#### What is sequence-to-sequence model

One of the application of Natural Language Processing (NLP) is to generate one sentence based on another sentence instead of generate one word at a time, such as **machine translation** (MT). We want to translate a sentence from a **source language** to a **target language**. In this case, each target word is conditional on the entire source sentence and on all previously generate target word, due to the various word sequence in each language.

The straight forward method is to use two **Recurrent Neural Networks** (RNN). A source RNN to go through the source sentence and generate a final hidden state. This hidden state are then used as a starting input for the target RNN. This neural network architecture is called a basic **sequence-to-sequence model**.

There are some limitations with this basic method. such as:

**Nearby context bias**: As mentioned in the previous post, the base RNN start to lose information along with the time steps. The final hidden state will focus on the last word way more than the initial word. This problem exists even with **Long Short-Term Memory** (LSTM) structure.

**Fixed context size limit**: The hidden state after the the source RNN has a fixed-dimension which limited the amount of information it can store. Increasing the hidden state vector size can lead to slow training and overfitting.

**Slower sequential processing**: **Neural Network** (NN) gains efficiency when trained in batches utilising the modern GPU processors. RNN, on the other hand, is constrained to operate one word at a time.

#### Attention

**Average pooling** (mentioned in NLP 2) would mitigate the shortcomings of nearby context bias and fixed context size limits. It also comes with a huge increase in the number of weights.

The good note is that not every word is important in the source RNN, that saying, not every hidden state has the same importance. We can train a context vector *c**i* which contains the most relevant information for generating the next target word in target RNN. This concept in NN is called **attention**. The sequence-to-sequence model that uses attention is called an **attentional sequence-to-sequence model**.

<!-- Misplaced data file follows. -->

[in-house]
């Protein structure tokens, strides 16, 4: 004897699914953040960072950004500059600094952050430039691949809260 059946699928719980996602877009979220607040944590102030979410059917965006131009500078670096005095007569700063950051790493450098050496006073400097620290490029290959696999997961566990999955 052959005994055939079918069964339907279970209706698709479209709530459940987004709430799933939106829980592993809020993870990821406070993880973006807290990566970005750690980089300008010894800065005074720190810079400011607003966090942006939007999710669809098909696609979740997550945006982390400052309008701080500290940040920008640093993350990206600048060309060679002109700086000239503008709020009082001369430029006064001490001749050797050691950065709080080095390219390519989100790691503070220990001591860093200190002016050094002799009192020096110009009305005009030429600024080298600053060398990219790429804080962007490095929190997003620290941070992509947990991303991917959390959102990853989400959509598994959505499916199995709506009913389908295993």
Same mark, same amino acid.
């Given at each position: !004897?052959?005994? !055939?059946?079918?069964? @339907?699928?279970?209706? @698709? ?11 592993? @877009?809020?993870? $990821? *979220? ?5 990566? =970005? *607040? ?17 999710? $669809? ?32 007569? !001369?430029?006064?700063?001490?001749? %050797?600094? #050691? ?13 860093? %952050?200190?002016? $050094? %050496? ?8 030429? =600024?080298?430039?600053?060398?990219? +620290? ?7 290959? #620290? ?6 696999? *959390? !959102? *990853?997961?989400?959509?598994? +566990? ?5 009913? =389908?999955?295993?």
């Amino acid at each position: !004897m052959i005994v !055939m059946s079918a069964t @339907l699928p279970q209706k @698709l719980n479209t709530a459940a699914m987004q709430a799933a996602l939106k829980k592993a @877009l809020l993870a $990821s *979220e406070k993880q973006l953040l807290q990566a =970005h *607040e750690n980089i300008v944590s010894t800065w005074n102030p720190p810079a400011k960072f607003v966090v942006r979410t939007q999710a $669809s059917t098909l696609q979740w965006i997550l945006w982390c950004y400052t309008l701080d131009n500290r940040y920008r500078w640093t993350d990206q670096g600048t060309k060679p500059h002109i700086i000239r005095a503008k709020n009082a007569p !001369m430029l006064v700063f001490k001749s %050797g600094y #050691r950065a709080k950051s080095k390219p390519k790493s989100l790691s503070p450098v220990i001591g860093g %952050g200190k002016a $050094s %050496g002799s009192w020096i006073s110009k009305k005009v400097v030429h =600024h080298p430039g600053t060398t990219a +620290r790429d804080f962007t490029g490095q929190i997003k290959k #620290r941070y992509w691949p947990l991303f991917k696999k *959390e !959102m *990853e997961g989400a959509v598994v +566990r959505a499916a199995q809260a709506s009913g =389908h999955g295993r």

If a standard target RNN is written as:

the target RNN for attentional sequence-to-sequence model can be written as:

where [*x**i*, *c**i*] is the concatenation of the all hidden vectors and context vectors, *c**i*, defined as:

where *h**i-1* is the target RNN vector that is going to be used for prediction the word at time step *i*, and *s**j* is the output of the source RNN vector for the source word *j*. Both *h**i-1* and *s**j* are *d*-dimensional vectors, where *d* is the hidden size. The value of *r**ij* is the "attention score" between the current state *i* and the source word *j*. These scores are normalised into a probability *a**ij* using a softmax over all source words. Then these probability are used to generate a weighted average of the source RNN vectors, *c**i*, which is another *d*-dimensional vector.

The probabilistic softmax formulation for attention is added here for three purposes. First, it makes attention differentiable. Second, it allows the model to capture certain types of long-distance contextualisation. Third, it allows the network to represent uncertainty.

#### Decoding

At training time, a sequence-to-sequence model attempts to maximise the probability of each word in the target training sentence, conditioned on the source and all of the previous target words. The way to generate the target one word at a time, and then used the word we generated at the next time step, is called **decoding**.

If we choose the word with the highest probability for the next time step and then feed this word as input to the next time step, this approach is called **greedy decoding**. This method can not guarantee maximising the probability of the entire target sequence.

A better approach is to search for an optimal decoding with search algorithms such as **beam search**. In the context of MT decoding. beam search typically keep the top *k* hypotheses at each stage, extending each by one word using the top *k* choices of words. then chooses the best *k* of the resulting *k^2* new hypotheses. The output will be the highest scoring hypothesis. Current state-of-the-art neural MT models use a beam size of 4 to 8.

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